Steve Scher talks with librarian Nancy Pearl about the joys and dangers of re-reading favorite books. Pearl said revisiting a book years after the first read will sometimes force herself to ask, "What did I see in this?” But other times, she is glad to be reunited with an old friend.
First Lady Michelle Obama with the 2013 National Student Poets (from left: Michaela Coplen; Sojourner Ahebee, Nathan Cummings, Louis Lafair, and Aline Dolinh) in the Diplomatic Reception Room of the White House, Sept. 20, 2013.
Credit Official White House Photo by Lawrence Jackson
Elizabeth Austen features Nathan Cummings, a senior at Mercer Island High School, as he reads his poem "Proteus" and describes what being named as one of five National Student Poets in 2013 has meant to him.
At $1.39, less than the price of a pack of gum, you can get up to four servings of alcohol at a store selling high alcohol beverages. Starting Saturday, though, that store will have to be located outside of downtown Olympia.
Marcie Sillman speaks with Karil Klingbeil, whose sister was murdered in 1981, about why she's pleased with the Governor Jay Inslee's suspension of the death penalty. Candy Hemmig was killed by Mitchell Rupe, whose appeals process was so lengthy that he died in prison of natural causes in 2006.
David Hyde talks with journalist and author Annie Jacobsen's latest book "Operation Paperclip: The Secret Intelligence Program that Brought Nazi Scientists to America." The book is the account of more than a dozen German scientists recruited by the U.S. government after WWII.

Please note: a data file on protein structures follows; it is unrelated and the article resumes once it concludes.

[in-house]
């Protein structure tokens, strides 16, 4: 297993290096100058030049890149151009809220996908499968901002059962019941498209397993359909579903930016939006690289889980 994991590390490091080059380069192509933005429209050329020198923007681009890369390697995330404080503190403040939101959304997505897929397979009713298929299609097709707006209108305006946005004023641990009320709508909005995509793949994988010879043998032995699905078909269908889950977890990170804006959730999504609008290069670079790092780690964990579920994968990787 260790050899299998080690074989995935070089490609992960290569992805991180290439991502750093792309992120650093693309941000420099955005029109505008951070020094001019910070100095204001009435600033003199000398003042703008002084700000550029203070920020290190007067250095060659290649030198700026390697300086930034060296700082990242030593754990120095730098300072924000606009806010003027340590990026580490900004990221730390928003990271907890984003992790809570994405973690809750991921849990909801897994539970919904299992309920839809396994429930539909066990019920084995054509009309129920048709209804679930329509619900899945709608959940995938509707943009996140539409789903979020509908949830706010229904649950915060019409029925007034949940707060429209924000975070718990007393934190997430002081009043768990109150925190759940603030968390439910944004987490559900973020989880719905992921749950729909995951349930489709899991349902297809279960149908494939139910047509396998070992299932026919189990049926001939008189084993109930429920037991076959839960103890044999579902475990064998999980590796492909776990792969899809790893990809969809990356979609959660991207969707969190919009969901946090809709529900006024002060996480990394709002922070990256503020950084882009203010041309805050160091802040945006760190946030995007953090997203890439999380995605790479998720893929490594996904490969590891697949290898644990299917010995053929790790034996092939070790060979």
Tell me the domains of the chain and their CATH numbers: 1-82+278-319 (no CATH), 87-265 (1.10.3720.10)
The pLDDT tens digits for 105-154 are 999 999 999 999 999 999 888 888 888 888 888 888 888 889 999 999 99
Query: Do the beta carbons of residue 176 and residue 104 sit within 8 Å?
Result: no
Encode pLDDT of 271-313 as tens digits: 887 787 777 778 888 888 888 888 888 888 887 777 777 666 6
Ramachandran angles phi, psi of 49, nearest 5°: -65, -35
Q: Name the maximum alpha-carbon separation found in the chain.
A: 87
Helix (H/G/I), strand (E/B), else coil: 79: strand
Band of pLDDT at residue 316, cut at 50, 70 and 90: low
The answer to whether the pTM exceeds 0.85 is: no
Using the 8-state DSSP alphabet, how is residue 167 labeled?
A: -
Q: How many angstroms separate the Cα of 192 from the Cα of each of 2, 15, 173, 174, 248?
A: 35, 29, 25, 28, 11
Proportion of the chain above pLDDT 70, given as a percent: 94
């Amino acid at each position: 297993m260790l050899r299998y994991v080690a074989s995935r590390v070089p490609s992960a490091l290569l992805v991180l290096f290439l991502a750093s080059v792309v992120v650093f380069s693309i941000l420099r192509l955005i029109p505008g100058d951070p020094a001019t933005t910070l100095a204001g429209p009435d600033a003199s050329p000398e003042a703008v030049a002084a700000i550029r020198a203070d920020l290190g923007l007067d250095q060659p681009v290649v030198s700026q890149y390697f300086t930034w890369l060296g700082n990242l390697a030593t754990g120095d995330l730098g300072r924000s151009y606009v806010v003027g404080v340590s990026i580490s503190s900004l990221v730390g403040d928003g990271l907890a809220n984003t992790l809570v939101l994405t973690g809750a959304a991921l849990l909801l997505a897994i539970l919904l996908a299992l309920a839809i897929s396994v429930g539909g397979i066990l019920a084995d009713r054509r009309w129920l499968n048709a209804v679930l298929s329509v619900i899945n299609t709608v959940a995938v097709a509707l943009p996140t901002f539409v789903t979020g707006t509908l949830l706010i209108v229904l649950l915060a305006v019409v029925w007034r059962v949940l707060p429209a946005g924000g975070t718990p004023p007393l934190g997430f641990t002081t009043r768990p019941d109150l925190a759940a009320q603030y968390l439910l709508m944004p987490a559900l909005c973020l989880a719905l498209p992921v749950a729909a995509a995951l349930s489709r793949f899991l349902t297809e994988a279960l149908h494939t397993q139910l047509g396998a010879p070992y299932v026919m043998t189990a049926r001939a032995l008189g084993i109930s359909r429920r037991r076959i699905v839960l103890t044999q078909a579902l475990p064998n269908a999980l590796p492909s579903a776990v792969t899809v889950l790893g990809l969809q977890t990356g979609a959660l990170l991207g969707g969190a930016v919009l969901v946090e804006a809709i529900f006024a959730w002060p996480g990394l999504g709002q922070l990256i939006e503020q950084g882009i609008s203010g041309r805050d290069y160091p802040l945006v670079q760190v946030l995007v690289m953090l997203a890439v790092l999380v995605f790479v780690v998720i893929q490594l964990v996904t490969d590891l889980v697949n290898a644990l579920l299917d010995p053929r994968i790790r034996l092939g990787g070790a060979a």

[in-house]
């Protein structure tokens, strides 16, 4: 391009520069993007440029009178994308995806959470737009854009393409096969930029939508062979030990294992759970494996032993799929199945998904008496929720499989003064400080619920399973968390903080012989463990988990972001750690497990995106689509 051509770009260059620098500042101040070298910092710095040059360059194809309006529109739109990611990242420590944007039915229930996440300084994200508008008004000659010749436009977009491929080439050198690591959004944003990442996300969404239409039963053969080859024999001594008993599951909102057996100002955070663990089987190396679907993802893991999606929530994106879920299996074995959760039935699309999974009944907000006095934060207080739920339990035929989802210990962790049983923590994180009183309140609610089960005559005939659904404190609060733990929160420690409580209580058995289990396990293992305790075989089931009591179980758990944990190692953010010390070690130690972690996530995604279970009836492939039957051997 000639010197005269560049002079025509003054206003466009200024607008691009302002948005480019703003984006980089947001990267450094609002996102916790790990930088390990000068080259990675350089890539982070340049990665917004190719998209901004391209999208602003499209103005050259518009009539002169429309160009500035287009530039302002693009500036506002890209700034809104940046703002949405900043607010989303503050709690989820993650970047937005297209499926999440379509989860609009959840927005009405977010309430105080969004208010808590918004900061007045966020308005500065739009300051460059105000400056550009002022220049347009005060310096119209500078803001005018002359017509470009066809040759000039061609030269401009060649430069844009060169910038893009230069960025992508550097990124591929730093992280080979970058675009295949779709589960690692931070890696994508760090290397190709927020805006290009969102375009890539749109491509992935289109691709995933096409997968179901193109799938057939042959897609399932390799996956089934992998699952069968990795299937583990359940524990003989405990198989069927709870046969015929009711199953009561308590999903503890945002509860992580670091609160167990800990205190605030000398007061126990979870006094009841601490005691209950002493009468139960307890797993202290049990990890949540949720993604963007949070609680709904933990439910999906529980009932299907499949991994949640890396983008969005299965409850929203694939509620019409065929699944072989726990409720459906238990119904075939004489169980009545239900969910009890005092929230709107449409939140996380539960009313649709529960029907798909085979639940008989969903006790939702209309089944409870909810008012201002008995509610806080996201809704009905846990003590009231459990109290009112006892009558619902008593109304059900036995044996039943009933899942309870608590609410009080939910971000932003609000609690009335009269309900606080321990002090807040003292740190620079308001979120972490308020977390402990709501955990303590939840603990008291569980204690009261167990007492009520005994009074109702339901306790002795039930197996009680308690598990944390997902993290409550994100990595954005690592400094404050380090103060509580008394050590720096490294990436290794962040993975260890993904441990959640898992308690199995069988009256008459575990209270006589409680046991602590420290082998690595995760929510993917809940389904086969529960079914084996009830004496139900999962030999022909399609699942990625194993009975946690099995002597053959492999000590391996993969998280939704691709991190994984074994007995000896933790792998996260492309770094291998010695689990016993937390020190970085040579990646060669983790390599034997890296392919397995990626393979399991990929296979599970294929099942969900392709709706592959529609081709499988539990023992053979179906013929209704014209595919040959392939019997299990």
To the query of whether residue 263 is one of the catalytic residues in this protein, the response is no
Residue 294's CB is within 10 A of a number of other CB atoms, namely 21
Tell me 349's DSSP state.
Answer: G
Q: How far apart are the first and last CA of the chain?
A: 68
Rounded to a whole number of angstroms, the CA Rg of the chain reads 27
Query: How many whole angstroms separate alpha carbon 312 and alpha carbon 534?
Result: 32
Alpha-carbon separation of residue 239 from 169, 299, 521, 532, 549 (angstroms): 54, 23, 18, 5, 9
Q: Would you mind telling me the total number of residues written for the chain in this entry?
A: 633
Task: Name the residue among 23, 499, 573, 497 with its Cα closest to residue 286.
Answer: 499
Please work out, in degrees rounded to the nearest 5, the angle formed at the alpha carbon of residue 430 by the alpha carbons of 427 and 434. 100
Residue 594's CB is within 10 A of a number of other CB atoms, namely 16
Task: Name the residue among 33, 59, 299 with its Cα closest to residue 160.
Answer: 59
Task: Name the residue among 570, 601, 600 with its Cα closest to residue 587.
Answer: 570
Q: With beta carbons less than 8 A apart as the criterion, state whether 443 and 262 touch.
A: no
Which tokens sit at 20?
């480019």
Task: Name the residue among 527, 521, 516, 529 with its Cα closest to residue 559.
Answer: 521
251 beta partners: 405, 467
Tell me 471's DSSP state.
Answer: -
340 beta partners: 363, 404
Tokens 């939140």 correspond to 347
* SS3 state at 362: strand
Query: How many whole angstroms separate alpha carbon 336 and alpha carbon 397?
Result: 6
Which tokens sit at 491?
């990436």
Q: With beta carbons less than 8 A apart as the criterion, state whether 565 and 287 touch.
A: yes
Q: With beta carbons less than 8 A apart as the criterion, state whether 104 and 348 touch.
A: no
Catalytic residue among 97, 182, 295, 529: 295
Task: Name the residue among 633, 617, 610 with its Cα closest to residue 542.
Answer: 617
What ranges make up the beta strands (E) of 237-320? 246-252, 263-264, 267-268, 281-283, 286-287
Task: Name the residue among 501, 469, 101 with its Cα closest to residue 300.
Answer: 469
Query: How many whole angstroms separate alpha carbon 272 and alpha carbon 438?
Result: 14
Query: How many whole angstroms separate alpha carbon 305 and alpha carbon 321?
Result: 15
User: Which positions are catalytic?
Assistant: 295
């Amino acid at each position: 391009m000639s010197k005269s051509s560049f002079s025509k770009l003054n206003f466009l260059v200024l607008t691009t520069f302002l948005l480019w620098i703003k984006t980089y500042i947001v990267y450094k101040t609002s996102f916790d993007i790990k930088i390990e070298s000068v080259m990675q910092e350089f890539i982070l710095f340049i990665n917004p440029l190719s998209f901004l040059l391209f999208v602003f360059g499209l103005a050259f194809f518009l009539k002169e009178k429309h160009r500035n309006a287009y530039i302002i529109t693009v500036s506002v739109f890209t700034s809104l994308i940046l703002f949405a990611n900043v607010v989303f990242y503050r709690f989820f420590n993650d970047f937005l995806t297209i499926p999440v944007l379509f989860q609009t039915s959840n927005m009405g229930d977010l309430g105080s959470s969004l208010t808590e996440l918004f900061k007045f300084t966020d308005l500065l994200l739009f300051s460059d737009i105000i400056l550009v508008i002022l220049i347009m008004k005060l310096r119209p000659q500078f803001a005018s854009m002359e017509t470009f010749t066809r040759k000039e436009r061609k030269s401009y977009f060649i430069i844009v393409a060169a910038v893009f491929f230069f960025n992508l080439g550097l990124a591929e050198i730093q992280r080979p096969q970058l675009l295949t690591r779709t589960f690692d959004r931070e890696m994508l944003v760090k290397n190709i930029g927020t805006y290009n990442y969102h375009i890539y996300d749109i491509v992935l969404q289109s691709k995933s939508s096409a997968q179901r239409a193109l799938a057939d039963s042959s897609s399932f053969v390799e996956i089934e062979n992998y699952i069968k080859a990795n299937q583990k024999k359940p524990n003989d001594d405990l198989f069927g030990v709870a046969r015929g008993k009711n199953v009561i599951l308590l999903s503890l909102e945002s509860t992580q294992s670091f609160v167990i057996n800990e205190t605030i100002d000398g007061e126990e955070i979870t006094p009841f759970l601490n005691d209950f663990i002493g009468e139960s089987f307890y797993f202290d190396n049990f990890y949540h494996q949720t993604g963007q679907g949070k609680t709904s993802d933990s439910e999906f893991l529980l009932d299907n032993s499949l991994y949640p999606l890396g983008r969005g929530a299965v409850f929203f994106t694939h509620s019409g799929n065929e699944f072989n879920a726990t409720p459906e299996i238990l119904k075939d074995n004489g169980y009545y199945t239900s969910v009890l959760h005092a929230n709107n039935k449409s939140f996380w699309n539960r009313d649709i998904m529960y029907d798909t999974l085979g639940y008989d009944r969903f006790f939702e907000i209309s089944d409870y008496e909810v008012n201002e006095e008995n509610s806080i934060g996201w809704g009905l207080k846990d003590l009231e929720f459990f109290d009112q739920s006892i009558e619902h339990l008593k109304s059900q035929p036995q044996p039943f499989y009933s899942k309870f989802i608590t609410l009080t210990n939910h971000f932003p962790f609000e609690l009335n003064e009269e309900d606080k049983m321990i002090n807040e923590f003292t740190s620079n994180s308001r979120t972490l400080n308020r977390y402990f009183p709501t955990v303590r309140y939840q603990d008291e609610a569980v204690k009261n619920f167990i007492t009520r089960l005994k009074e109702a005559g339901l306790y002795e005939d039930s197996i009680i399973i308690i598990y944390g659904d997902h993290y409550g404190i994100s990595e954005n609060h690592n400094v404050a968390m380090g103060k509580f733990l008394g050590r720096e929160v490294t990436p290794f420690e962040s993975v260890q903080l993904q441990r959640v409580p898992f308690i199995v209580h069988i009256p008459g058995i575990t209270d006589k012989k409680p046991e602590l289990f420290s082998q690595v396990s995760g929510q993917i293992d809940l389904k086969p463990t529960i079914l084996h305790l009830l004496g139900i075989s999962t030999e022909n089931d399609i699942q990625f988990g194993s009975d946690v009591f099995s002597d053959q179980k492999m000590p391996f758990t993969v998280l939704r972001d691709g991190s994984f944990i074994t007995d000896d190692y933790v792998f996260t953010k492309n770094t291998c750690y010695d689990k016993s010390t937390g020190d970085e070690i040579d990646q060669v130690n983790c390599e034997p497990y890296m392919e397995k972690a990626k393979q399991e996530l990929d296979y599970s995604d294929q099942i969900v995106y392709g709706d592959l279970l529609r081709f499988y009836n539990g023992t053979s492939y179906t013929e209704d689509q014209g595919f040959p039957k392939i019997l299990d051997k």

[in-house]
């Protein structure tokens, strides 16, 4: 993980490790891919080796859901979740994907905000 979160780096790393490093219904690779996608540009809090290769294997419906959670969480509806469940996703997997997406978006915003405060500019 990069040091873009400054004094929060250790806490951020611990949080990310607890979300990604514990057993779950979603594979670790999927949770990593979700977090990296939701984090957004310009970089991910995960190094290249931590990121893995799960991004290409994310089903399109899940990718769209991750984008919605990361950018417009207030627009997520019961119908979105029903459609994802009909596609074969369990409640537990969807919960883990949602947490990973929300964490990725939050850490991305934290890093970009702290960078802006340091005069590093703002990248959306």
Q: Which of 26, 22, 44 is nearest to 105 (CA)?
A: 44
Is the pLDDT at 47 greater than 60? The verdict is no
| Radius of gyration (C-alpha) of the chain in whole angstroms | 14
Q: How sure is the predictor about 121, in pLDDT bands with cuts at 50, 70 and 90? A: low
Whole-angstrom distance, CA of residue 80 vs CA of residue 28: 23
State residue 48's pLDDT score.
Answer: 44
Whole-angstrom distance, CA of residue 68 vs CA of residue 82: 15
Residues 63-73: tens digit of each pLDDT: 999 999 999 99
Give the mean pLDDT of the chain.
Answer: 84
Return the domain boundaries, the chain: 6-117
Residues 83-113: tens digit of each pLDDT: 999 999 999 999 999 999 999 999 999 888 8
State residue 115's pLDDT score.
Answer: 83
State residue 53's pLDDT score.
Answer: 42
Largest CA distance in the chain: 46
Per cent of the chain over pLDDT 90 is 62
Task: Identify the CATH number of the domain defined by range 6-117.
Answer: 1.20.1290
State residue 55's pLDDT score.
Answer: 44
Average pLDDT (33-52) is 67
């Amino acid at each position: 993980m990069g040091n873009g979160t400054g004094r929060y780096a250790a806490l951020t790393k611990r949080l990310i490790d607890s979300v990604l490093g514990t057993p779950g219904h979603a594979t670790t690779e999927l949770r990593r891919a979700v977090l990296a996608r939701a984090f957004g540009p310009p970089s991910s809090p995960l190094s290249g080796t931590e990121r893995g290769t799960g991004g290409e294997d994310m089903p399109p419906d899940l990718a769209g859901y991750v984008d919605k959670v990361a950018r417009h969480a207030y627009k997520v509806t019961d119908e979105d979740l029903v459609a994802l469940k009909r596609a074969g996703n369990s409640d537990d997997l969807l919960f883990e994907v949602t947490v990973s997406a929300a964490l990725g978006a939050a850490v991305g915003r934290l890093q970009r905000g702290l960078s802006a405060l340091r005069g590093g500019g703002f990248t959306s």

Anders Ibsen is back in his seat on the Tacoma City Council after returning early from officer training in the Marine Corps Reserves.
Ibsen, 27, was originally expected to be gone until November of this year but said that he was determined medically unfit to continue training. In an interview with KUOW, Ibsen described the grueling training regimen where the “tempo and intensity never ends.”
There are a lot of songs about love, but perhaps there are even more songs about loss. That raises a serious scientific question: Why are so many songs written about heartbreak, and what happens to the brains of people who are experiencing a really bad break-up?